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Cedar

Cedar is marked by a thin, white sapwood, while the heartwood can be red to deep reddish-brown. The grain is straight with tight knots. The wood is fairly low in strength and stiffness, but ranks high in shock resistance and beauty. An aromatic oil in the cedar wood emits a pleasant aroma and also serves as a natural moth repellent. For these reasons, cedar is a great flooring in closets!

Habitat: North and Central America, West Indies, Bermuda, and the Old World.

Janka Hardness Rating: 900

The Tree: The Western Red cedar tree is what most people (at least in the Northwestern United States) refer to when they use the term "cedar". Many other conifers known as cedars resemble true cedars in being evergreen and in having aromatic, often red or red-tinged wood. Nonetheless, "true" cedars are the Atlas cedar, the Cyprus cedar, the deodar, and the Lebanese Cedar.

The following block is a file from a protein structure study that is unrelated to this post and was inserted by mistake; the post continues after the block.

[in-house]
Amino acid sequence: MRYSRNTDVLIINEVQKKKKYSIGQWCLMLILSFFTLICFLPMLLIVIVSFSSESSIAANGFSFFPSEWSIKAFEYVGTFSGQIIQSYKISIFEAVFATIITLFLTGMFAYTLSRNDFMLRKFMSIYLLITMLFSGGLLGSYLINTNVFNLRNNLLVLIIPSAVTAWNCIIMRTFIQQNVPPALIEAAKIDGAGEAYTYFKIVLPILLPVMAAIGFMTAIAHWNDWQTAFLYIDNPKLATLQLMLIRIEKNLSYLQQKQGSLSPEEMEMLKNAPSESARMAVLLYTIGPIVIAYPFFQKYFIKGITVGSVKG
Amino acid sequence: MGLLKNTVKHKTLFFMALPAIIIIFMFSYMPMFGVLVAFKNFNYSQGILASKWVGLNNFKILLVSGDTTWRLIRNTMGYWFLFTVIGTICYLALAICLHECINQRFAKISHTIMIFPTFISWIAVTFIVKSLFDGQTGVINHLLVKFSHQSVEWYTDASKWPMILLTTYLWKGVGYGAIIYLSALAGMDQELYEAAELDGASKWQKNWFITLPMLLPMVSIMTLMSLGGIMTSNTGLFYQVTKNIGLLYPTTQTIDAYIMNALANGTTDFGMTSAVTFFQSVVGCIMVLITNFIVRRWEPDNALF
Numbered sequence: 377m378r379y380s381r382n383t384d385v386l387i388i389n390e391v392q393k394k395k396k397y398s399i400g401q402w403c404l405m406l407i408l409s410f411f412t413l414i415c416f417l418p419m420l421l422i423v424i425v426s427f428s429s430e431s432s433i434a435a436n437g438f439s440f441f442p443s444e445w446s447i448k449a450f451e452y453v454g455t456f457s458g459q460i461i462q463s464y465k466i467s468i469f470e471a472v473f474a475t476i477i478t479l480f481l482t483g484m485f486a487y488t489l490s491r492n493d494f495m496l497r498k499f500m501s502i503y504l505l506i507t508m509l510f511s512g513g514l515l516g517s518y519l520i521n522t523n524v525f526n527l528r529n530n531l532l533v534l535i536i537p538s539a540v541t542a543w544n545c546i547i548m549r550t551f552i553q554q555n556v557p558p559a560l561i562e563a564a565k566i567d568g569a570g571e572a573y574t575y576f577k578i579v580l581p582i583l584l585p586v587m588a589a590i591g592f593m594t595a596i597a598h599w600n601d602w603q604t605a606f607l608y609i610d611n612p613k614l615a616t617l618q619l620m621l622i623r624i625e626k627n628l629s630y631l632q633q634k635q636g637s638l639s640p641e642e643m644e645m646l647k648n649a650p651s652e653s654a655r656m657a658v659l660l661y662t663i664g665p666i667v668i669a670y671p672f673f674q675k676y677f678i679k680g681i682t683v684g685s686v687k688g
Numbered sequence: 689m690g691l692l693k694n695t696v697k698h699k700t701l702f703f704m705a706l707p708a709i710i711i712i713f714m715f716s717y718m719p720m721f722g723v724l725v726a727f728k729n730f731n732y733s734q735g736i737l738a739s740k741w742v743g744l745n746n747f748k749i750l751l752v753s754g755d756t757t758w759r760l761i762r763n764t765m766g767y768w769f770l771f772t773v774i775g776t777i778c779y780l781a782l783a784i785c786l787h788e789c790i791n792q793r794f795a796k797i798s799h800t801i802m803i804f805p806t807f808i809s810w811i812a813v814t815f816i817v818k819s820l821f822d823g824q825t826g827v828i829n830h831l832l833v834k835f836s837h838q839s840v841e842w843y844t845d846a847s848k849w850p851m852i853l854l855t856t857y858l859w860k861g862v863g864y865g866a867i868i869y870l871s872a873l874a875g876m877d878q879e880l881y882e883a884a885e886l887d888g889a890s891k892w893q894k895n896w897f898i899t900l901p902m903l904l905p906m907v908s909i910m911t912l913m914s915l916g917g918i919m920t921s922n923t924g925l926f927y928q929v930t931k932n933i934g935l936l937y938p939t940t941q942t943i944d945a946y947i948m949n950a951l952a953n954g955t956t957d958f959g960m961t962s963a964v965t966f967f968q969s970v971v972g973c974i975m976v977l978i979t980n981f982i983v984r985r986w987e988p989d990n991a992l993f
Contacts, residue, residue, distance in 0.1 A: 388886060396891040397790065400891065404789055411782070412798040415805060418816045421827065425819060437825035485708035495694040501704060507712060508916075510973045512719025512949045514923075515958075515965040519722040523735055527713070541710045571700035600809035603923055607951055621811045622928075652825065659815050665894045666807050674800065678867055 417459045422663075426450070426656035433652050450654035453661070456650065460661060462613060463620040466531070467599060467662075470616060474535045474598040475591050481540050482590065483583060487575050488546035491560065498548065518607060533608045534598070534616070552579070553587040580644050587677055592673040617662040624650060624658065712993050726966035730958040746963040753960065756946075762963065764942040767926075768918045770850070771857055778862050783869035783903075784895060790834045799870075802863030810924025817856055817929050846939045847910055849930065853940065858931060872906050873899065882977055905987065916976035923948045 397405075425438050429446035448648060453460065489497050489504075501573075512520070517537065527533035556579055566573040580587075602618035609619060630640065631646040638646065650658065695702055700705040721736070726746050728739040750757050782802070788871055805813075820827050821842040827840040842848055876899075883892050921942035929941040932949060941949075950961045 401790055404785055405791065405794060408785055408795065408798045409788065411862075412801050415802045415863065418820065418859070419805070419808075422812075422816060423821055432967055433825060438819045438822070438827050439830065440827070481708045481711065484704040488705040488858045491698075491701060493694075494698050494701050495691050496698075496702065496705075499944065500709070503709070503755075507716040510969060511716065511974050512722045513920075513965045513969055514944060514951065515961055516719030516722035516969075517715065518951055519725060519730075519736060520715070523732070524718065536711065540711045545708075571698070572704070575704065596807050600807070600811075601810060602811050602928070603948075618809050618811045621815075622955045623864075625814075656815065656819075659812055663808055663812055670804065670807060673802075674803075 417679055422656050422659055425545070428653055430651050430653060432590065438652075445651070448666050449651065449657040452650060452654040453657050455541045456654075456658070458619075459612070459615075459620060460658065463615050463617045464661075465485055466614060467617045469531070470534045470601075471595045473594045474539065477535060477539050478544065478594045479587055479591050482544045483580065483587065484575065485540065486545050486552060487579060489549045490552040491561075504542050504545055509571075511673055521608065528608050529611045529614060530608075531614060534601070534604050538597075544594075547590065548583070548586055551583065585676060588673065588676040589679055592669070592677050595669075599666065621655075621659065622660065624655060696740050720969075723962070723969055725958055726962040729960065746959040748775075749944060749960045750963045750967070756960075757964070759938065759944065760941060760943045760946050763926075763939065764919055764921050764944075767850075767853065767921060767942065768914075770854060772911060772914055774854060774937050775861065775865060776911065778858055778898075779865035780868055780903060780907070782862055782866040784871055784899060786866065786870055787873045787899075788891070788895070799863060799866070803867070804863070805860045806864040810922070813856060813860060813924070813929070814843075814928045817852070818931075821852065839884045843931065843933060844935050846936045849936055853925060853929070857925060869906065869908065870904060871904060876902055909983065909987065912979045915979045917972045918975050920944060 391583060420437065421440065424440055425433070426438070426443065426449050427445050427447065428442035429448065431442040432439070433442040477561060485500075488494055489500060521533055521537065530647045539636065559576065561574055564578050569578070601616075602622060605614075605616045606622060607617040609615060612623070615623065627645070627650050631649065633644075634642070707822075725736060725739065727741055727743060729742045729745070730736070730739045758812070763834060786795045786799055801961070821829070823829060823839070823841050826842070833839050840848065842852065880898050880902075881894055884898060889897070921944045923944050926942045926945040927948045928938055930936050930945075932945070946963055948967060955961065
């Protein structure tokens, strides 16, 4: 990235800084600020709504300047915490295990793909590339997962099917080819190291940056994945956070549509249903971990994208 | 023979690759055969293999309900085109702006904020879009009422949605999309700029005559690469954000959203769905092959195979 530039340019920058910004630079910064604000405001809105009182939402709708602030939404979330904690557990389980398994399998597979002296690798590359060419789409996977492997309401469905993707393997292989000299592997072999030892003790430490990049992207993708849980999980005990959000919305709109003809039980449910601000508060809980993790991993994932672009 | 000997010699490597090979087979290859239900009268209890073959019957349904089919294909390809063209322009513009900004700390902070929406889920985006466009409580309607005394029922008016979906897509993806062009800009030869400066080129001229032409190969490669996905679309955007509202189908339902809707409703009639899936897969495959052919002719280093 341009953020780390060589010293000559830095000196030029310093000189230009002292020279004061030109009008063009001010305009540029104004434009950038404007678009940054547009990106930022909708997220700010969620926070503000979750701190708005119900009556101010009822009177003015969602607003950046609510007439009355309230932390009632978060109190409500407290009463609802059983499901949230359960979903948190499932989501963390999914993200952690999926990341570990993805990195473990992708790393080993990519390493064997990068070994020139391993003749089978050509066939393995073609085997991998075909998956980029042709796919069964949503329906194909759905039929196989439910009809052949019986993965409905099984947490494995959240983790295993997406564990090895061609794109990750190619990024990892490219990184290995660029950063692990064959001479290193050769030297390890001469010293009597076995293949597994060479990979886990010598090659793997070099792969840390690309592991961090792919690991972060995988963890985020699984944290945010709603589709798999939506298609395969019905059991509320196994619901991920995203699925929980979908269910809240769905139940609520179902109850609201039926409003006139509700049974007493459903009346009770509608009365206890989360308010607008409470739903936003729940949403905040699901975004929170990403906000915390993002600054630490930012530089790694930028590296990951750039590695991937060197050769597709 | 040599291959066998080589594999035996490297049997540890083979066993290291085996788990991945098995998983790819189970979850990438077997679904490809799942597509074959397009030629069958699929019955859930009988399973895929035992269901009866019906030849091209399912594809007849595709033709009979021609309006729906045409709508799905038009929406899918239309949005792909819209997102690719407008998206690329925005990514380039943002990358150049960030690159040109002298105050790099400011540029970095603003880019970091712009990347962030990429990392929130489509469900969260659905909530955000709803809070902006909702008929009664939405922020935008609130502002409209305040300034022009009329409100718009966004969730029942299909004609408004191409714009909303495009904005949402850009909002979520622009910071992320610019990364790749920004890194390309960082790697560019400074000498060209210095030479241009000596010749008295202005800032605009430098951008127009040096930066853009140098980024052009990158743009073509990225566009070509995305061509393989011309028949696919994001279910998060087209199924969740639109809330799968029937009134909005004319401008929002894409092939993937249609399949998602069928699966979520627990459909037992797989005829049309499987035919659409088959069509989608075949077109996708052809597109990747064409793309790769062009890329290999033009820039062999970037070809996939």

The Wood: Cedar wood is light, soft, resinous, and durable, even when in contact with soil or moisture. Its distinct cell structure discourages moisture rot by allowing it to dry faster than outdoor furniture made from tropical hardwoods.

Uses: Cedar is extensively used in chest making, closet lining, shingles, posts, decks, novelties and Venetian blinds. Oil from the wood (cedrol) is used in the making of medicines and perfumes. It is the natural evaporation of the oils that creates its very aromatic scent.